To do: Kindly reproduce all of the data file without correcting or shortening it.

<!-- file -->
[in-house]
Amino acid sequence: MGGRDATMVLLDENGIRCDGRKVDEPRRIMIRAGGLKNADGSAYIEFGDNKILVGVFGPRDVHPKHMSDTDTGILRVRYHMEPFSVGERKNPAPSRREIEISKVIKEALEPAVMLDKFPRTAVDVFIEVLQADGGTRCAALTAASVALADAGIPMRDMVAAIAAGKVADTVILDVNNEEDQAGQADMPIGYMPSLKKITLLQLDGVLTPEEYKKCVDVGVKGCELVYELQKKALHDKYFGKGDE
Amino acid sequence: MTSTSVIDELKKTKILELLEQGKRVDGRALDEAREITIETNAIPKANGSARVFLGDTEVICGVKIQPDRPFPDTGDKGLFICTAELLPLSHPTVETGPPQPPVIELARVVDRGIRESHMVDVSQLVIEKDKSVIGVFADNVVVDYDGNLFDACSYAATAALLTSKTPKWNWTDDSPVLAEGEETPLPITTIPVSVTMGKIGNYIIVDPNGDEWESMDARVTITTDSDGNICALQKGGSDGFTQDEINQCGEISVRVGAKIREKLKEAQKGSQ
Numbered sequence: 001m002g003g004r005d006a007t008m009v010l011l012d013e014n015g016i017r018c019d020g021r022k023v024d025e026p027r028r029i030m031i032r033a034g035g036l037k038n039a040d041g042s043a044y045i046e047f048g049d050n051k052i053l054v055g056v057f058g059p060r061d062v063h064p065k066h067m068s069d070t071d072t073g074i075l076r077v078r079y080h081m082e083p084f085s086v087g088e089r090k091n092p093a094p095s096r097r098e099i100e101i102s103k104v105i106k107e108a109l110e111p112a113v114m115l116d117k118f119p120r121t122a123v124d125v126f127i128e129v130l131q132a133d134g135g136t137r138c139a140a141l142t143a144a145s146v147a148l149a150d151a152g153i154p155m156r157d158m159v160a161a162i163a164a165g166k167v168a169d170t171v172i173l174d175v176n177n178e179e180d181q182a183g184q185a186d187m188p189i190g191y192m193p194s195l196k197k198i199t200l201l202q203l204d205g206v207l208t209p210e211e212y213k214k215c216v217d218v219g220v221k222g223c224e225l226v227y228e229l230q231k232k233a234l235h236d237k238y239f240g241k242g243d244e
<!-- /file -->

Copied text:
[in-house]
Amino acid sequence: MGGRDATMVLLDENGIRCDGRKVDEPRRIMIRAGGLKNADGSAYIEFGDNKILVGVFGPRDVHPKHMSDTDTGILRVRYHMEPFSVGERKNPAPSRREIEISKVIKEALEPAVMLDKFPRTAVDVFIEVLQADGGTRCAALTAASVALADAGIPMRDMVAAIAAGKVADTVILDVNNEEDQAGQADMPIGYMPSLKKITLLQLDGVLTPEEYKKCVDVGVKGCELVYELQKKALHDKYFGKGDE
Amino acid sequence: MTSTSVIDELKKTKILELLEQGKRVDGRALDEAREITIETNAIPKANGSARVFLGDTEVICGVKIQPDRPFPDTGDKGLFICTAELLPLSHPTVETGPPQPPVIELARVVDRGIRESHMVDVSQLVIEKDKSVIGVFADNVVVDYDGNLFDACSYAATAALLTSKTPKWNWTDDSPVLAEGEETPLPITTIPVSVTMGKIGNYIIVDPNGDEWESMDARVTITTDSDGNICALQKGGSDGFTQDEINQCGEISVRVGAKIREKLKEAQKGSQ
Numbered sequence: 001m002g003g004r005d006a007t008m009v010l011l012d013e014n015g016i017r018c019d020g021r022k023v024d025e026p027r028r029i030m031i032r033a034g035g036l037k038n039a040d041g042s043a044y045i046e047f048g049d050n051k052i053l054v055g056v057f058g059p060r061d062v063h064p065k066h067m068s069d070t071d072t073g074i075l076r077v078r079y080h081m082e083p084f085s086v087g088e089r090k091n092p093a094p095s096r097r098e099i100e101i102s103k104v105i106k107e108a109l110e111p112a113v114m115l116d117k118f119p120r121t122a123v124d125v126f127i128e129v130l131q132a133d134g135g136t137r138c139a140a141l142t143a144a145s146v147a148l149a150d151a152g153i154p155m156r157d158m159v160a161a162i163a164a165g166k167v168a169d170t171v172i173l174d175v176n177n178e179e180d181q182a183g184q185a186d187m188p189i190g191y192m193p194s195l196k197k198i199t200l201l202q203l204d205g206v207l208t209p210e211e212y213k214k215c216v217d218v219g220v221k222g223c224e225l226v227y228e229l230q231k232k233a234l235h236d237k238y239f240g241k242g243d244e